Daniel Ek, CEO and founder of the music streaming service Spotify, has said that the games industry needs to abandon its long development cycles if it hopes to ever stream games - pointing to World of Warcraft as an example of continuous development.
Speaking to GamesIndustry.biz, Ek discussed the potential of a version of the popular music service dedicated to games, as well as how a such a streaming videogames service would work.
"We think that there is a lot of stuff we need to improve in the music area," said Ek. "However, it would be cool to have a Spotify for games."
"[Streaming games] requires that the industry continuously creates content for a game and stops having development cycles that span for years. World of Warcraft is a good example of that type of game."
And when asked if his service, which already includes some videogame soundtracks, planned to secure any more music from games publishers, Ek responded: "Our dream is to have all the world's music, so yes"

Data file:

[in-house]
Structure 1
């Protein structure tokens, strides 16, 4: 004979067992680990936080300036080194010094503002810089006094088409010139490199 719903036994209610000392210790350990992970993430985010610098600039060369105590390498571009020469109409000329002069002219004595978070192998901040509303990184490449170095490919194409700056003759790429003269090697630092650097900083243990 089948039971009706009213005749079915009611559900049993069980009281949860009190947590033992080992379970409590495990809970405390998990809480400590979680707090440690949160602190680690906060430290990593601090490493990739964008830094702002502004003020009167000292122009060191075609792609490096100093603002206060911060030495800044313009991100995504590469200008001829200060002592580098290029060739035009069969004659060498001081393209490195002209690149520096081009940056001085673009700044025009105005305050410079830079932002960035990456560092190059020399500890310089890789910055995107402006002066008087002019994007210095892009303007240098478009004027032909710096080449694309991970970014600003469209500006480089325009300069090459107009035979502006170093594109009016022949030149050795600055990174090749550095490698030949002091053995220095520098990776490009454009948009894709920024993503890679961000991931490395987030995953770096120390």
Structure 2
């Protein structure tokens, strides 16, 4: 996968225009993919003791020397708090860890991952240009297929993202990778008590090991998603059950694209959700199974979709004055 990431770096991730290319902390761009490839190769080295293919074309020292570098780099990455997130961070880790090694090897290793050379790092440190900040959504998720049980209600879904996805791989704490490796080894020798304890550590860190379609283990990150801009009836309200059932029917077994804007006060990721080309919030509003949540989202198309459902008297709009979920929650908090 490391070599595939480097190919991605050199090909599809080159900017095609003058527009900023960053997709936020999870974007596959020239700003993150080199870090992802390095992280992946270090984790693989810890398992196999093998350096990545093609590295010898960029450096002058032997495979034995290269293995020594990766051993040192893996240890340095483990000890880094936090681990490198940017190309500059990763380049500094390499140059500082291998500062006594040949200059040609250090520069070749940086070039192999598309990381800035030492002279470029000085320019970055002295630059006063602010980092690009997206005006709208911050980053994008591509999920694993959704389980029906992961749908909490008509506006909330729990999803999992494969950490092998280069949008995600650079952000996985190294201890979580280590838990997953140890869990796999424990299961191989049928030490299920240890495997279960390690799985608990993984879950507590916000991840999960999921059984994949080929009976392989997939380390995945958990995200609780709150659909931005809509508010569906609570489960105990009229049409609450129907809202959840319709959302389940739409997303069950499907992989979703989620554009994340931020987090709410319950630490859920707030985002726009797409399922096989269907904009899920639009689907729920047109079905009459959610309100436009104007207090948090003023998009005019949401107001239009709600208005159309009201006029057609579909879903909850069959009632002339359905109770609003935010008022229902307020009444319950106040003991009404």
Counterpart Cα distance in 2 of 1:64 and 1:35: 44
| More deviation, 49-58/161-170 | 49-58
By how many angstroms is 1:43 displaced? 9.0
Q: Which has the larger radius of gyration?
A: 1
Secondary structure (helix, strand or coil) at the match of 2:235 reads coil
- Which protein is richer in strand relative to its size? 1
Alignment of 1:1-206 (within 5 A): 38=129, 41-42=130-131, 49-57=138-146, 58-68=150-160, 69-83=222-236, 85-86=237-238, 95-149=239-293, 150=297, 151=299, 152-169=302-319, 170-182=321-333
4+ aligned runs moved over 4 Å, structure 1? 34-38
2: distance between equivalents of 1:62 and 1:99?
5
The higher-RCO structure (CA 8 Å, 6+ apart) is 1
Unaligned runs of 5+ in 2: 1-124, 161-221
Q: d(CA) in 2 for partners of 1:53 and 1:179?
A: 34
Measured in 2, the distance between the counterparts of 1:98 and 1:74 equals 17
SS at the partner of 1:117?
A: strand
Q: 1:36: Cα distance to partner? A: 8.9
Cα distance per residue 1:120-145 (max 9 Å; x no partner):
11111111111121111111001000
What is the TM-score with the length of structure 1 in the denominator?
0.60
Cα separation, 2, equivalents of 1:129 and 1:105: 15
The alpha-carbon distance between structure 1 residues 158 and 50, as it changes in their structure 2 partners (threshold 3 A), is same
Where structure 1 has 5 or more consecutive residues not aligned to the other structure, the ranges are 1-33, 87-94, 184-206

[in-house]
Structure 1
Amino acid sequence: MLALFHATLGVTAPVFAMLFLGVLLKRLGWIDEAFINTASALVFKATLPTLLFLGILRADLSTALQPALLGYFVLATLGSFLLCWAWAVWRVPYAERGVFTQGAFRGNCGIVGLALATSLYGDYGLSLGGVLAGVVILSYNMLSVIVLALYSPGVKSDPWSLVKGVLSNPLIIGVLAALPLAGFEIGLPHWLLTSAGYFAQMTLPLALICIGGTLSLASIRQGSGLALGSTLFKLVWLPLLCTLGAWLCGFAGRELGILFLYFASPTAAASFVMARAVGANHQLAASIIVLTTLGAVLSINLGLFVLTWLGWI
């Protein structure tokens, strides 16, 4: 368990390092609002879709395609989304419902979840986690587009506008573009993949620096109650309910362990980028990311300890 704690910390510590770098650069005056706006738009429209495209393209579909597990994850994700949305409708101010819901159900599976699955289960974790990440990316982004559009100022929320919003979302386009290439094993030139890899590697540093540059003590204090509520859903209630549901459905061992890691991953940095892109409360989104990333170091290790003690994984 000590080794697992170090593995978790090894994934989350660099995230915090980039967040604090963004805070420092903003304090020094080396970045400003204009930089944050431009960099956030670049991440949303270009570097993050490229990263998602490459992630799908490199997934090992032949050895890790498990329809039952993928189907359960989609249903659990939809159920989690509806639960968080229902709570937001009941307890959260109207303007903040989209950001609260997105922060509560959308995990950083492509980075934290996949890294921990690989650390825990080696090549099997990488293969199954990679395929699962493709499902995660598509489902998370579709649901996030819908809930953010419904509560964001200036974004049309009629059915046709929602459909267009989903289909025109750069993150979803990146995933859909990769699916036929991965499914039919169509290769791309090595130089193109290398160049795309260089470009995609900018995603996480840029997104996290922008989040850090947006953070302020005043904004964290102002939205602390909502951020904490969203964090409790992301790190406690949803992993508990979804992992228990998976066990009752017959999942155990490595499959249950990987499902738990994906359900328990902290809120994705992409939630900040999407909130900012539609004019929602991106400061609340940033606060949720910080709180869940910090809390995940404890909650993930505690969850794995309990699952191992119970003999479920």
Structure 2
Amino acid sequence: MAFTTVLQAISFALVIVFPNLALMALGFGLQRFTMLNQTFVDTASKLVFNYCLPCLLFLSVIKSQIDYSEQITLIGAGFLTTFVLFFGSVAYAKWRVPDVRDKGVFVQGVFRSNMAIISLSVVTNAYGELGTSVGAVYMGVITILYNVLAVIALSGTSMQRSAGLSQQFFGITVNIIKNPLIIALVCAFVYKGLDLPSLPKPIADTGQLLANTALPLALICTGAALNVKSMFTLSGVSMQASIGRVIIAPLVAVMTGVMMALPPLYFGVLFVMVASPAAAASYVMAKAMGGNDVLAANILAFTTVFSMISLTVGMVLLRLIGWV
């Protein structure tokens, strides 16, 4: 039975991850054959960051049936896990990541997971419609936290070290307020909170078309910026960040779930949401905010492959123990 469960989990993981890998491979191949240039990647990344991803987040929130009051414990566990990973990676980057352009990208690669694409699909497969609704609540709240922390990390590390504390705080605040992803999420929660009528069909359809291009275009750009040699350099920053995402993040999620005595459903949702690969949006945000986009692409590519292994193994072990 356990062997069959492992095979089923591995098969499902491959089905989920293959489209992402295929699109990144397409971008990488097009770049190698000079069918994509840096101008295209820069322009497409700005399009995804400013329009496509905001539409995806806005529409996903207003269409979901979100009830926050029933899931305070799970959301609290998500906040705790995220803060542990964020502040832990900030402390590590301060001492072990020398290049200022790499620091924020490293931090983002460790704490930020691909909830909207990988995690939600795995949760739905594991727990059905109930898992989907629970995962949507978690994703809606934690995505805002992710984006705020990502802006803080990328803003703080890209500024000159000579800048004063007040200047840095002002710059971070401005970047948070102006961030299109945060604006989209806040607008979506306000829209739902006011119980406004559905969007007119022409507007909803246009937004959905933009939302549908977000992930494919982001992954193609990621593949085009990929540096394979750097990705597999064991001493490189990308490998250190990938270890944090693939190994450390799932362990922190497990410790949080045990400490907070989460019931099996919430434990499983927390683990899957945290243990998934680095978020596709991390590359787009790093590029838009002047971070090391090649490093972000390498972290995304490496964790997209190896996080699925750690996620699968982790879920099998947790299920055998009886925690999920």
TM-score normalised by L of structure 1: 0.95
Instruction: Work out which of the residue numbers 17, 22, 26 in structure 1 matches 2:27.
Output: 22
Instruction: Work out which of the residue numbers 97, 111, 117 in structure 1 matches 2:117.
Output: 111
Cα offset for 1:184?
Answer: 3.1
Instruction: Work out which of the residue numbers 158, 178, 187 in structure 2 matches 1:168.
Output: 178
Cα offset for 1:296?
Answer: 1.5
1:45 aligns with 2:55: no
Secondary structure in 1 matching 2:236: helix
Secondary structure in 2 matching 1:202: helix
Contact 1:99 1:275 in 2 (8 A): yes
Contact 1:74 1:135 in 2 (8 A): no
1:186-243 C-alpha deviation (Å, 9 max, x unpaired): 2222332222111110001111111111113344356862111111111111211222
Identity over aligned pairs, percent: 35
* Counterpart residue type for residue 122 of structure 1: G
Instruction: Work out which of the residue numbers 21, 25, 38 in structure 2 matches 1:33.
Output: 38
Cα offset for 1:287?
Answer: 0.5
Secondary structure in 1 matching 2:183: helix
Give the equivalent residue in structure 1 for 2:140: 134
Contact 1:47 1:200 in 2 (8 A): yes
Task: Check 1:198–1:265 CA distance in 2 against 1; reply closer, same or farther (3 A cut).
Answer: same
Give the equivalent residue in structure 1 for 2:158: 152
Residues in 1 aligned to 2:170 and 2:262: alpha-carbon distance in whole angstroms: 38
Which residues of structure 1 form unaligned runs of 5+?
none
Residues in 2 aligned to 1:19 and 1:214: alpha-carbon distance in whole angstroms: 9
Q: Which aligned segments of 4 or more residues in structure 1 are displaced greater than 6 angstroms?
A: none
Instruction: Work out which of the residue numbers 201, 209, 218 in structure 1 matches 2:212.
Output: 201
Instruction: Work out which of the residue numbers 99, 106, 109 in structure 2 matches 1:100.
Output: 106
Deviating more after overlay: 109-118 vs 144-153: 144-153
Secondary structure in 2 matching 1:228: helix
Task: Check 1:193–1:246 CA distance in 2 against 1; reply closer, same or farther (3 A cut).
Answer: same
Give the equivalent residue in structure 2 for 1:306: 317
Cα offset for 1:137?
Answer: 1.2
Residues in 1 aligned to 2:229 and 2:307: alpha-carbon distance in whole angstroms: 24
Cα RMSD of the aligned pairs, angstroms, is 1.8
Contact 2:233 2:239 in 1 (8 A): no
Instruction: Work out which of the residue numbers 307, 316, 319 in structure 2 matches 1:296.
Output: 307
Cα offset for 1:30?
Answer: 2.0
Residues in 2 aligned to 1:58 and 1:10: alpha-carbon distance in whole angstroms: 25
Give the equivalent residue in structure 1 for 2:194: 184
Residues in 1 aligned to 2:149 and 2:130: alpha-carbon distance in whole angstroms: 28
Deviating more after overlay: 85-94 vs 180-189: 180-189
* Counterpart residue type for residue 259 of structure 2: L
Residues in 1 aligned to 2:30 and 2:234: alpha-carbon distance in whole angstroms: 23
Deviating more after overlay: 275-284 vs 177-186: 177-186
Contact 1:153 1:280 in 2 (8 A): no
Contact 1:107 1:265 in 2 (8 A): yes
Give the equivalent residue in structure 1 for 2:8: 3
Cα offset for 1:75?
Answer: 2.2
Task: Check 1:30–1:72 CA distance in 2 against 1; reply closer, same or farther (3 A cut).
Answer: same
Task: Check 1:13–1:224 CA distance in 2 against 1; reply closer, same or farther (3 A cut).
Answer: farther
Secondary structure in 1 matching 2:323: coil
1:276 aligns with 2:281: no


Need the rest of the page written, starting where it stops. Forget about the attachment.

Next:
Ek further discussed the possibility of adapting Spotify for devices other than the PC and Mac market, such as for home consoles and the iPhone.
"We are looking at lots of different ways that we can integrate Spotify into a lot of the other services and devices out there," he said, adding: "One of our goals is to make Spotify available anywhere. But first we just want to make the PC/Mac experience as good as possible."
"I can't comment on the specifics, but we are excited about new platforms such as the iPhone as it enables third-party developers such as ourselves to develop interesting functionality."
He concluded: "It's good for the mobile industry in general if it becomes more open and we see people use mobile services a lot more. This is something that we are keen to explore."
The UK and Stockholm based company, founded in 2006 by Daniel Ek and Martin Lorentzon, offers users the ability to stream music on demand using Spotify's software.
Currently in beta, Spotify is available as a premium monthly subscription service, costing GBP 9.99 a month, or a free ad-supported version. Future iterations are set to feature a link with each song leading to an online store where the singles or albums can be bought from.
The software currently has minimum integration with that of Last.fm, which instead of providing exact matches for user searches builds a playlist based around similar artists and genres. Users of both sites can use the scrobble software to display what they're listening to through Spotify on their Last.fm account - further refining the generated playlist.